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Global hop market

A local alternative to mass beer suggested by independent brewers has been successful and is now altering the global market. Beer is becoming more diversified, so transnational companies have to accept the new game rules and to switch focus to young and fast growing markets. All these processes increased the demand for aroma and bitter hop as well as their acreage expansion on two continents. However now there appeared a downward trend of alcohol consumption in the world, so even special sorts can soon turn to be sufficient. In this connection the dynamic American hop market is already facing some problems. EU hop producers have become more cautious, they are not racing to exceed the demand and look forward with more confidence, judging by the contract terms. 

Hop Market in Russia

Germany still dominates the Russian market, yet over the recent two years one has been able observe a continuous success of Czech hop suppliers. Their expansion and growing popularity of hops from the United States became the drivers of supplies growth in 2016 despite the preceding modest harvest crop in the EU, as well as the factor of relative stability in 2017. In this connection, in 2017, the ratio of the varieties continued to shift towards the aroma ones, and the supplies of Magnum hop and other alpha varieties were reduced. However, the import of bitter hop pellets is partially replaced by extracts, especially from the major beer manufacturers. Total volumes of alpha acid supplies, according to our estimation, decreased by approximately 5% and returned to the level of 2015. Barth Haas Group continues dominating the hop products market; HVG also increased its weight. At the same time, Morris Hanbury significantly reduced the supplies in 2017.

San Miguel Says to Stay Listed After Ang Says Brewer May Be Taken Private

San Miguel Corp. (SMC) pledged to remain a publicly traded company, a day after President Ramon Ang said it was considering going private because disclosure requirements were hampering acquisition plans.

“San Miguel shall remain listed, owing to its iconic status in the country,” the Philippines’ largest listed company said today. The statement, citing Ang, was issued in response to queries, it said. San Miguel said it also “contemplates” to list all its operating subsidiaries, including new businesses.

Ang said in an interview yesterday that if he has his “way,” San Miguel will buy back its shares and become privately held by next year. Buying back the shares may cost about $800 million, he said. San Miguel had a public float of 14 percent as of May 5, it said at the time. That’s worth about 40 billion pesos ($943 million) based on today’s share price.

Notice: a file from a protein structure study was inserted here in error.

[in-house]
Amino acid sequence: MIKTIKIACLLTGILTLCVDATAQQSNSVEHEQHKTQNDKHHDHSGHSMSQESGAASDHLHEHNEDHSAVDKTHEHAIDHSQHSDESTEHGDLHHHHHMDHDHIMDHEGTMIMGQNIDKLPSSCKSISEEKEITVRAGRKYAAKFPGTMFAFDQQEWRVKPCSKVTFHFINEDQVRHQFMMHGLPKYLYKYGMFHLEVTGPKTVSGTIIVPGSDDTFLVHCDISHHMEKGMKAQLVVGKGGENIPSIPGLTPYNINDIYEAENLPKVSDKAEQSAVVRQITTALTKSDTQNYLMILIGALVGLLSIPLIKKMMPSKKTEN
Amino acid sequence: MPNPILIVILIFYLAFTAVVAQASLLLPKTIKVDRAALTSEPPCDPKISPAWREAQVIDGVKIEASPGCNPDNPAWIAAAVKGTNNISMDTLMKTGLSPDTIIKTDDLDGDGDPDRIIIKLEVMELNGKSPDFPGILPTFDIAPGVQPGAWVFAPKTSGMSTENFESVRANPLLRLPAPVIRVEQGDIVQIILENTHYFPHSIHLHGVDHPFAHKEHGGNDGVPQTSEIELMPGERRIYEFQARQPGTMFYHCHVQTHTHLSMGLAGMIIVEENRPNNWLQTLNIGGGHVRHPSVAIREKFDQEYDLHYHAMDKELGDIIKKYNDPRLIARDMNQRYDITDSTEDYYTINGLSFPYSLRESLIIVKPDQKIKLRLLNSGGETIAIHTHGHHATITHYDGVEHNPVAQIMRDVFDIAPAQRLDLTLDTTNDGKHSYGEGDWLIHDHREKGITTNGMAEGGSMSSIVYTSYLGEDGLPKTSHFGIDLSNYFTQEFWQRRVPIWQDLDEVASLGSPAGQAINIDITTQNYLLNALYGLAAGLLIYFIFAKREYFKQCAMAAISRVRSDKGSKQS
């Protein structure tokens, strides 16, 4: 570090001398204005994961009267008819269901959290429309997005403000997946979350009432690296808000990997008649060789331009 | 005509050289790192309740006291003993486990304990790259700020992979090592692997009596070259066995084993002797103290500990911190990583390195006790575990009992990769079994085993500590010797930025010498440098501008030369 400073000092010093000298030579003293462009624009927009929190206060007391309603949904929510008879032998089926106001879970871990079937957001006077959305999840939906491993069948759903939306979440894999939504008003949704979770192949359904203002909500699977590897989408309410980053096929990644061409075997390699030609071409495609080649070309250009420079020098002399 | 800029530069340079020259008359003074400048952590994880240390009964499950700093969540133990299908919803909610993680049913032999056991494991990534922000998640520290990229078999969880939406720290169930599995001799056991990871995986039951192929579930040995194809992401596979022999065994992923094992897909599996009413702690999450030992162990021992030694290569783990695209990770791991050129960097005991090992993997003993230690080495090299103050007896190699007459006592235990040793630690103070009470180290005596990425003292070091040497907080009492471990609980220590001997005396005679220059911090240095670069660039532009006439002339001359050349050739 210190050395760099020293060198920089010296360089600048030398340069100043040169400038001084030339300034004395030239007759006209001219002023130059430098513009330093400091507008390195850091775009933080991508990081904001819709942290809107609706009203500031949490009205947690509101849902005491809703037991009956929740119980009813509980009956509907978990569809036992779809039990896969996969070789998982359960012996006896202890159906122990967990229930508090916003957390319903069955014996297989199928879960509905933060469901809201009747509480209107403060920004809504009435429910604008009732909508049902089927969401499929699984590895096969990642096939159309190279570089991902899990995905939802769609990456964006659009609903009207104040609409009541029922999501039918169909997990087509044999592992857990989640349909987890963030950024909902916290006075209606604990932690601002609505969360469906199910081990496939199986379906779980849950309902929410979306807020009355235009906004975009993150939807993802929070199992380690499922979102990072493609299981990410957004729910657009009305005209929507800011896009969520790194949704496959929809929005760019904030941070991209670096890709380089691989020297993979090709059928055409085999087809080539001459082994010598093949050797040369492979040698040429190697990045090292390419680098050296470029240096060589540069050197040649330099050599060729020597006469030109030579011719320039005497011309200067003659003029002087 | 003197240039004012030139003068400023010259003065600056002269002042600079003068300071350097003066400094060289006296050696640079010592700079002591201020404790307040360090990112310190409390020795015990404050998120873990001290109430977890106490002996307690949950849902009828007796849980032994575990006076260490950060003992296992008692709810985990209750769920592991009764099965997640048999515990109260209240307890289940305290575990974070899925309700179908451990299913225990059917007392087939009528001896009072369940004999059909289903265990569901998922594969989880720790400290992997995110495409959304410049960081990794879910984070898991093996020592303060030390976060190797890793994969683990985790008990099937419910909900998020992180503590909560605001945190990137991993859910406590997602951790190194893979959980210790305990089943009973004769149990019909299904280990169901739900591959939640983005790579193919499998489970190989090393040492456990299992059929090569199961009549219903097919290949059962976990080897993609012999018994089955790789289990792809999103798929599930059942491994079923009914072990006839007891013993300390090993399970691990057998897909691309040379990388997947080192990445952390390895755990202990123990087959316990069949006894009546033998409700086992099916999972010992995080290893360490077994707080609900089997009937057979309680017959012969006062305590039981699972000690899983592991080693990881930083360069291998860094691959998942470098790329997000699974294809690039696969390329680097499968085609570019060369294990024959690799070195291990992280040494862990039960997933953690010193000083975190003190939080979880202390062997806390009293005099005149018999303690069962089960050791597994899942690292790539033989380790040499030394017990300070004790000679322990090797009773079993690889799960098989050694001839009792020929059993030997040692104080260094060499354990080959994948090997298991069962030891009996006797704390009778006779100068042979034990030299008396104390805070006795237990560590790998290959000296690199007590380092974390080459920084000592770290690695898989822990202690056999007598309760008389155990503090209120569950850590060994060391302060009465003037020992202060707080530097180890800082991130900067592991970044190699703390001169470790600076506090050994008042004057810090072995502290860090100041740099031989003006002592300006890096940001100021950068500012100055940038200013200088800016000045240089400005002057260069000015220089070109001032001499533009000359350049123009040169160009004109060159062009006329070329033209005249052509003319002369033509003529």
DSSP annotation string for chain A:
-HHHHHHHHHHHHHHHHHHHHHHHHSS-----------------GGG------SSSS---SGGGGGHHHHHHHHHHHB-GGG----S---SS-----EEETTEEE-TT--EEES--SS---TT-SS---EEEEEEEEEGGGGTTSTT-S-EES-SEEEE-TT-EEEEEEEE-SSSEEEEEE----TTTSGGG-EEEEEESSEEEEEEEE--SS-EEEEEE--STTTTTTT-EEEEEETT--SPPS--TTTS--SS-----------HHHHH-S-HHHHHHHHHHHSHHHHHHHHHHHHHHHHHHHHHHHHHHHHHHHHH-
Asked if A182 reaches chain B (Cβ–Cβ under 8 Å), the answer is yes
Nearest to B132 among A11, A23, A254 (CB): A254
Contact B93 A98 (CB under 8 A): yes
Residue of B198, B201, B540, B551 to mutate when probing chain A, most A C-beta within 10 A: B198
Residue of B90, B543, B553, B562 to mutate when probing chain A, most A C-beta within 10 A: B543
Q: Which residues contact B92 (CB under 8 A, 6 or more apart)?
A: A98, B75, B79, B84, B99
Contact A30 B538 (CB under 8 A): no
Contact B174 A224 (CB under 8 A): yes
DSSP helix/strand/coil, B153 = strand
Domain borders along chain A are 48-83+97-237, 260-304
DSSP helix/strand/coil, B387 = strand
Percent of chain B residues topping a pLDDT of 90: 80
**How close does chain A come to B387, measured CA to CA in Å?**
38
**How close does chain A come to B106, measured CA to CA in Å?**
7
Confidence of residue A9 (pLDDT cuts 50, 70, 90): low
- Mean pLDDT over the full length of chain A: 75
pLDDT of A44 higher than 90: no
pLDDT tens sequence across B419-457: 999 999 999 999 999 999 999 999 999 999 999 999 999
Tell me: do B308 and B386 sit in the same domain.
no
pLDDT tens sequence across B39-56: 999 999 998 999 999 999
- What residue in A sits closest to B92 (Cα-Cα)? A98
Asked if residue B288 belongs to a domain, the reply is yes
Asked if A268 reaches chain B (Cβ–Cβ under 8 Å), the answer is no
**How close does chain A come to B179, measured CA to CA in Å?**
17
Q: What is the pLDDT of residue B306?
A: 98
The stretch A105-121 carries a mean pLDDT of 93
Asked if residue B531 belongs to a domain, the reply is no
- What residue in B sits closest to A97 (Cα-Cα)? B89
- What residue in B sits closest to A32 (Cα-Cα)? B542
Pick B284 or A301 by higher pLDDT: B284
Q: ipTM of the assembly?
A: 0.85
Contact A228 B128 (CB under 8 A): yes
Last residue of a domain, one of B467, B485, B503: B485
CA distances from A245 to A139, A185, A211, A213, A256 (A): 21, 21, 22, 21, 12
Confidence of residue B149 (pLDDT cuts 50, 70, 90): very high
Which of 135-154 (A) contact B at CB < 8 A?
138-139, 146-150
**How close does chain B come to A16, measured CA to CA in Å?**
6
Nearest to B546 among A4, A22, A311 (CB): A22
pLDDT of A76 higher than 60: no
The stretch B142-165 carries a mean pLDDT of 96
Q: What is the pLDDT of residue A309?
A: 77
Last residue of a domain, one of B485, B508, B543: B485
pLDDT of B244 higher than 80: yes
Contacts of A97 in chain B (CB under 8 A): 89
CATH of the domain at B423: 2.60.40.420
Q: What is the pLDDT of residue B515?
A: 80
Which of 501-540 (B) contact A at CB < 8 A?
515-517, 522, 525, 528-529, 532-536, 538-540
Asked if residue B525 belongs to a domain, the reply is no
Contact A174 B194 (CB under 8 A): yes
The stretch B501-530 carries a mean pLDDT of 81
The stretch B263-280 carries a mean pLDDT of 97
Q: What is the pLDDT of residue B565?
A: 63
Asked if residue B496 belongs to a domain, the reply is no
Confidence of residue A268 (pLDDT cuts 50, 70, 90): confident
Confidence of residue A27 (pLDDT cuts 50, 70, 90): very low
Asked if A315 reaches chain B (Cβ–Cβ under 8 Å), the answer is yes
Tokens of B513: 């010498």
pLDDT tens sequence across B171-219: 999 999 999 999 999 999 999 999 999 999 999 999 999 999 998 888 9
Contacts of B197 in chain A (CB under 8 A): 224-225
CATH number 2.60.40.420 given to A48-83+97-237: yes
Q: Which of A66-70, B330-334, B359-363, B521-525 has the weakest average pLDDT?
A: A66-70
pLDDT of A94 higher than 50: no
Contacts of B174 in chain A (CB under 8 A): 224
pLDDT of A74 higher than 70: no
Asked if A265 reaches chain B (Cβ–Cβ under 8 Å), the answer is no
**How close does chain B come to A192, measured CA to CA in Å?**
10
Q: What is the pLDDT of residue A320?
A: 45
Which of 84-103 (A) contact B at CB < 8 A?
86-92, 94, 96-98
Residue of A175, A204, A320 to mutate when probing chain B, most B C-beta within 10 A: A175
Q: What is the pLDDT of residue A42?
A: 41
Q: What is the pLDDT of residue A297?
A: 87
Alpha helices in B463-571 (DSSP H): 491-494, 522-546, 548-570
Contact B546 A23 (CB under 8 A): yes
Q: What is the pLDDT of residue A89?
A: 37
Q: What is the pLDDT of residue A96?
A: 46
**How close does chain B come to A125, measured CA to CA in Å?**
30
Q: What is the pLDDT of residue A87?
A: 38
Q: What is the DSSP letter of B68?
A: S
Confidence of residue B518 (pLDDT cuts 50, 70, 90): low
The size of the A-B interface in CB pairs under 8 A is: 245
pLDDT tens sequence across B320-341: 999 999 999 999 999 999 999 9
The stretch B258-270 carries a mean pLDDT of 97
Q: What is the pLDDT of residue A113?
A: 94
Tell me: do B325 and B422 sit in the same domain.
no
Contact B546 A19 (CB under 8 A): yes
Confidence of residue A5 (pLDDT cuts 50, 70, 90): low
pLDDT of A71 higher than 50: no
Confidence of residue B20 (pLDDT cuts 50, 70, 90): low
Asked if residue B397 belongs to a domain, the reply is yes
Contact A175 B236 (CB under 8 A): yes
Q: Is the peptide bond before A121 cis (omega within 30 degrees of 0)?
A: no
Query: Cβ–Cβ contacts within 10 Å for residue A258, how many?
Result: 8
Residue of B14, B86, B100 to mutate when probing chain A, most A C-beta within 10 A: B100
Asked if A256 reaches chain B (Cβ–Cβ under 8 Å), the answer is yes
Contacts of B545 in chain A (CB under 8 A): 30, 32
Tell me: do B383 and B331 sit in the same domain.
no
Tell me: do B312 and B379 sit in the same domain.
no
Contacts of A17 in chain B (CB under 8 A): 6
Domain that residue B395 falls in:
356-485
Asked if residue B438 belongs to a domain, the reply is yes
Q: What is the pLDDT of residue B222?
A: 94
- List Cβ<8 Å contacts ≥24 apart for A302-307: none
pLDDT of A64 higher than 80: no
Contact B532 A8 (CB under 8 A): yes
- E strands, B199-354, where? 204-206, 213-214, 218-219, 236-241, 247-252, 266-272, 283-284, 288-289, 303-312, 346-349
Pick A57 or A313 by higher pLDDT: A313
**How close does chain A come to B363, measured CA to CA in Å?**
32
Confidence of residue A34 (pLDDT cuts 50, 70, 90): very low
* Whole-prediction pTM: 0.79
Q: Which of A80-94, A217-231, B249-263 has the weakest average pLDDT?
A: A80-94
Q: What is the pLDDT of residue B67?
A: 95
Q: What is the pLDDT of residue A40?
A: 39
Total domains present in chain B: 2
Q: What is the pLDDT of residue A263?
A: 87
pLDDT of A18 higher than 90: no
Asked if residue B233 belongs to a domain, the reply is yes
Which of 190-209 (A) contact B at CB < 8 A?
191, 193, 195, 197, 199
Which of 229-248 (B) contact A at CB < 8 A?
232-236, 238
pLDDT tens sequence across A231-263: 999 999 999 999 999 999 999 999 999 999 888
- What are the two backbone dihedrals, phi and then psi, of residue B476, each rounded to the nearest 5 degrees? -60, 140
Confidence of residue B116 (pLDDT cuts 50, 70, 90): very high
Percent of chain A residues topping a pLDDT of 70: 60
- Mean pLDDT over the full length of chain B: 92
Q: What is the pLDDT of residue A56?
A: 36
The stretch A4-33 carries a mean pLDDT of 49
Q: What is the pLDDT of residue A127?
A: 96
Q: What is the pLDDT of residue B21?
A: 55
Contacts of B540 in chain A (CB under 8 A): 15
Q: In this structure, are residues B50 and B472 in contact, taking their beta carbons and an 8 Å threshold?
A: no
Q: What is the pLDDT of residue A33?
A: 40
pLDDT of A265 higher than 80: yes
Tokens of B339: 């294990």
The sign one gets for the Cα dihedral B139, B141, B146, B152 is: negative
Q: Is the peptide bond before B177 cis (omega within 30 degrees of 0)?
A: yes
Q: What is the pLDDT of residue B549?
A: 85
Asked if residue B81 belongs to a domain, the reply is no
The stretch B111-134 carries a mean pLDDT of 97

“A listed company has more advantages than a privately held corporation in terms of financing and attracting investors,” said Astro del Castillo, managing director at Manila-based First Grade Finance Inc.

The food and beverage company that’s expanding into oil refining, power retailing and infrastructure is also in talks to buy an overseas company with an enterprise value of $10 billion, Ang said yesterday. The target has a “potential free cash flow of between $2 billion and $3 billion a year,” he said. The discussions may take “a few more months,” Ang said.

Return on Equity
Compliance with the Philippine Stock Exchange’s requirements on disclosures has sometimes made it difficult for San Miguel to make purchases, Ang said yesterday. The Philippines’ most acquisitive company, which started as a brewer more than a century ago, seeks to triple the 7 percent return on equity it gets from its traditional food and drinks businesses.

San Miguel rose 1 percent to 122 pesos at the close of trading in Manila, paring gains after rising as much as 2.7 percent earlier. The stock has lost 26 percent this year, compared with a 3.7 percent gain for the Philippine Stock Exchange Index.

“If your balance sheet is strong like San Miguel, you don’t need to be publicly listed,” Ang said yesterday at the company’s headquarters in Manila. “If I have my way, I will privatize it next year,” he said.

Listed companies are more prone to “leakage” of information, and disclosures sometimes work to the advantage of competitors, Ang said in the interview.

San Miguel had 127 billion pesos in cash and near-cash items as of June and has a total of 186 billion pesos of bonds and loans due by 2019, according to data compiled by Bloomberg.

The company’s units such as Petron Corp. (PCOR), the country’s biggest refiner, and San Miguel Brewery Inc. (SMB) will probably remain listed, Ang said yesterday.

Ang declined to provide more details on the acquisition target such as which industry it operates in or where it’s based.

9 Sep. 2011



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